Did you know that you can make copies of an image and edit them in Lightroom? You can also export them as separate images, which lets you create multiple versions of the same photo with different effects. By learning how to duplicate a photo in Lightroom, you can take advantage of the software’s non-destructive editing process.
In real estate photography, we often like to experiment with different effects. We may show a brighter vision of interior space and a dimmer version of the same to show how it looks in a subtly lit ambiance. Making a copy of an image allows us to edit it and compare it with the original later.
Lightroom Classic’s feature of duplicating an image allows quick and easy photo processing in another way. We can create copies and use different Lightroom presets on each copy of them to select the best shot amongst them after comparison.
The editing software allows you to create as many copies of a photo as you like, besides editing and exporting each of them separately. There are two methods through which you can create duplicate versions of an image.
The first way which most photographers prefer using is to make virtual copies of your original photo. You can do this very easily both in the Library Grid or while the image is opened in the Develop Module.
Virtual copies created in the lightroom are not actual images. They are a different set of instructions for the same image. Lightroom catalog is designed to store only the editing instructions and not the source of the image.
This means that virtual copies only exist in Lightroom and don’t occupy any valuable space on disk. By default, Lightroom Classic shows virtual copies in the form of thumbnails beside the original or “Master” images. This makes it easier to find the copies when you intend to use them later.
When you make several virtual copies of an image, spotting the original one among them may be confusing. One of the easiest ways to differentiate between a master image and its copy is that the virtual copy’s thumbnail has a small page curl icon, as shown below.
Another way to make sure which one is the master copy is to right-click on the image and click on Remove Photo. The dialogue box will appear in either way shown below, clarifying which one is the copy.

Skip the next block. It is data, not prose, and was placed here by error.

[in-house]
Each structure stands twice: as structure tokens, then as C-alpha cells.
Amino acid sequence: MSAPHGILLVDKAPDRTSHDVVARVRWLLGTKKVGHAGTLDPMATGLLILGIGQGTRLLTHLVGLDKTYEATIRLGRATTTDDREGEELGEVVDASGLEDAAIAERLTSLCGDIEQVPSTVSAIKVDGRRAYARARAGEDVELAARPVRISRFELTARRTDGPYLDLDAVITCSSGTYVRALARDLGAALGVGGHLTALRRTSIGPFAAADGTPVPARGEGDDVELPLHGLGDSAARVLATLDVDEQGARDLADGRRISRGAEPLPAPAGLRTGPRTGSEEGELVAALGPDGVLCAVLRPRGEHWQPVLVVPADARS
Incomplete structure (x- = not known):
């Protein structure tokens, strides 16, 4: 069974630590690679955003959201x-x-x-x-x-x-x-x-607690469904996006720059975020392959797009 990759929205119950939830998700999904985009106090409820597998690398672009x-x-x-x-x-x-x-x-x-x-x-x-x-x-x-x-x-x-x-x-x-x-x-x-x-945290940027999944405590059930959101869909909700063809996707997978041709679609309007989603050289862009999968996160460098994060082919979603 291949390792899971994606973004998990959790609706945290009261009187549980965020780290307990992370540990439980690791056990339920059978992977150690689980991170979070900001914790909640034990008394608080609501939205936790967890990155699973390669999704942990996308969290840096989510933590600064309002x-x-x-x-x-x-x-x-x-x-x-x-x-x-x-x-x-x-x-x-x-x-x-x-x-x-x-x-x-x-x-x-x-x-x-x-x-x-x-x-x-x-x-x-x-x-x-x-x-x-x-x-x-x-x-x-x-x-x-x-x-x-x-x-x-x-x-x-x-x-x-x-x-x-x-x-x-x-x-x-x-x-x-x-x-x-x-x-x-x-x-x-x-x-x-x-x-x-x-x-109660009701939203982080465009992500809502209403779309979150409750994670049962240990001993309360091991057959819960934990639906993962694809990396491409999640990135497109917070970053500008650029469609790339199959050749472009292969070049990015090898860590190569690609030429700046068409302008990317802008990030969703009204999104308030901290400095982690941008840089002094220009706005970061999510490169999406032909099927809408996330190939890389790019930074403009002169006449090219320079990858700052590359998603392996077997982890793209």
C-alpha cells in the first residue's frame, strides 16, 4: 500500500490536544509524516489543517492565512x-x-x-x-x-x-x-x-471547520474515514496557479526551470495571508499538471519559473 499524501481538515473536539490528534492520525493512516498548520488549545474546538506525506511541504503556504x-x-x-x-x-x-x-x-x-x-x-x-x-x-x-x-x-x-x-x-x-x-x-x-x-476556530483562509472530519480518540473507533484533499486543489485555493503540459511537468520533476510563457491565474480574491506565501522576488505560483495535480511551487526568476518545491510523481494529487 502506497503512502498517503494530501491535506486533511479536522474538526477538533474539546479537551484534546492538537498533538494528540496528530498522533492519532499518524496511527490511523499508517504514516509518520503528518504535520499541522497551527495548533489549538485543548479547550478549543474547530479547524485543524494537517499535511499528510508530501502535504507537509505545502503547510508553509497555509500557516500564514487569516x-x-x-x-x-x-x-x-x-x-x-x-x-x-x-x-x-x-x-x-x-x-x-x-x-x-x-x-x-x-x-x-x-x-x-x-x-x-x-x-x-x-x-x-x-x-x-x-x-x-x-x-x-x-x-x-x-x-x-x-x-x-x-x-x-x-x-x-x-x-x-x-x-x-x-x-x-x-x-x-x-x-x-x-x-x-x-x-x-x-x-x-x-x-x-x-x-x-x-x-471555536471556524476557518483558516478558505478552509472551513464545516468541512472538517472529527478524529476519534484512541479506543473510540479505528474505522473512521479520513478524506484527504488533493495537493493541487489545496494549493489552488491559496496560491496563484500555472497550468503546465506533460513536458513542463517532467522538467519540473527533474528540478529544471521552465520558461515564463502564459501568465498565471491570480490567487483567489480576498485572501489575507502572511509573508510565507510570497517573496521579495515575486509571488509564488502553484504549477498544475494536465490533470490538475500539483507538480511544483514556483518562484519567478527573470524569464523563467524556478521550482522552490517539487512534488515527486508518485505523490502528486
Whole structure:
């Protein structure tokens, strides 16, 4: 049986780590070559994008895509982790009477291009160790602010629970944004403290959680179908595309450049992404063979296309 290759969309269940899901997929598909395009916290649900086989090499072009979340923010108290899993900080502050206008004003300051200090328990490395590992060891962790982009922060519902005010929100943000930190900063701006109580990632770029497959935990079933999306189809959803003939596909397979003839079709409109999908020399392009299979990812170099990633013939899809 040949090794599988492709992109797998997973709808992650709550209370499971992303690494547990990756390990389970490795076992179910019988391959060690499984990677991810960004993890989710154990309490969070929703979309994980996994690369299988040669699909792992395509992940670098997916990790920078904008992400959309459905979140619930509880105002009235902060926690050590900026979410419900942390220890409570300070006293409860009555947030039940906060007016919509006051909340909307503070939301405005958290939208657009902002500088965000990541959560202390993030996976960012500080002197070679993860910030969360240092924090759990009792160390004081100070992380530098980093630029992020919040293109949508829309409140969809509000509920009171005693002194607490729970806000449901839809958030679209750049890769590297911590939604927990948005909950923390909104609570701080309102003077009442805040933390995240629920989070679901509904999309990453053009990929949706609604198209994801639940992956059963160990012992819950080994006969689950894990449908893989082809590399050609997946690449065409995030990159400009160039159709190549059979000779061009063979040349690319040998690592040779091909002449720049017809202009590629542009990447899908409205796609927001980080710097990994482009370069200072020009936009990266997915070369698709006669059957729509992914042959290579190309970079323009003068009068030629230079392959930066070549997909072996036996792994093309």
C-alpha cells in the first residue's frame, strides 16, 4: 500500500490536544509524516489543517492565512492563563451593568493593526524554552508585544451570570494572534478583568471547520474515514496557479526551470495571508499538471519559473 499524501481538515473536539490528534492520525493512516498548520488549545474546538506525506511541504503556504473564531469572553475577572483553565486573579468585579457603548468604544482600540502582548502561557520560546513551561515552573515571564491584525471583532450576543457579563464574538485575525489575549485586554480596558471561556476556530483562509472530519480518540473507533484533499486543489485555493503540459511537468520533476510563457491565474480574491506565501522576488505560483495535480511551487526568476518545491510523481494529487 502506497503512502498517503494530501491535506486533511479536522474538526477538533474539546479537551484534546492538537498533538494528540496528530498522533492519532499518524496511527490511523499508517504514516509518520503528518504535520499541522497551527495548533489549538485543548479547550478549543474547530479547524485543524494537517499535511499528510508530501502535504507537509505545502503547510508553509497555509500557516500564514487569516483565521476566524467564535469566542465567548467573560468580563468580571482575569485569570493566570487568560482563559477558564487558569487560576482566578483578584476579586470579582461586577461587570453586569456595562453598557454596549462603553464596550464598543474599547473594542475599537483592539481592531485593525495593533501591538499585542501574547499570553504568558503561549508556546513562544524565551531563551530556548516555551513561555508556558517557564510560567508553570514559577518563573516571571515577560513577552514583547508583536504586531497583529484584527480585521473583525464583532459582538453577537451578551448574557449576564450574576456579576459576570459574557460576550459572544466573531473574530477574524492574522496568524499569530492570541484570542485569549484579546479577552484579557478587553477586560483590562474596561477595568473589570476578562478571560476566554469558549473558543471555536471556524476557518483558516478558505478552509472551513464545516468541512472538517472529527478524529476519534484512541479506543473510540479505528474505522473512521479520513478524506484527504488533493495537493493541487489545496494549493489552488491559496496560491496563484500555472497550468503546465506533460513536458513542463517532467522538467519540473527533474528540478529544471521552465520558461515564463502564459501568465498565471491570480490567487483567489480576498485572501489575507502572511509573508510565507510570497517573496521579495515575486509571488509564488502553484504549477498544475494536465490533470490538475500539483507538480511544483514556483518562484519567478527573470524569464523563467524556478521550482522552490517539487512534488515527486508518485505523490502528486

You can create snapshots on varying checkpoints in your editing process to save several versions of your photo.
One thing to keep in mind here that all the image iterations you create with snapshots won’t show in the catalog like virtual copies. Edit, click on snapshot + icon, name snapshot.
There is another way to create copies of an image using snapshots. You can open the History panel and right-click on any particular entry that you wish to save as a copy. For instance, you liked the image version while you were adjusting the vibrance, you can easily save it.
You can export the duplicates from Lightroom whether you saved them as virtual copies or snapshots.
Using snapshots provides us with the convenience of quick access to a particular moment in editing history. Sometimes, while editing an image, the history gets quite long. It is difficult for us to track our liked versions from the long list of edit history.
However, the snapshots are saved with a specific name under the Snapshot panel, letting us view them quickly whenever we want. Also, the option to export the photo is also available via snapshots.
There are two types of editing software. Those that make changes to the original image are called destructive software. Once you make changes in the original image and save it, the actual image is changed forever.
On the contrary, non-destructive editing software does not make any changes to the original image but makes a preview of the image with another set of editing instructions that you make. Lightroom Classic CC is an example of non-destructive image editing software.
Among some tricks to help you become a Lightroom expert is the ability to view the original image alongside the edited one. Click the YY button (at the bottom of the image in Develop module) to see the difference between the edited and original versions. This is proof of Lightroom Classic being a non-destructive editing software.
Lightroom has two features to create virtual duplicates of the master images, Virtual Copies, and Snapshots. Both forms of image iterations exist in Lightroom and do not take up any disk space. We can use duplicates to make varying stylized versions of the image and export them later for external use.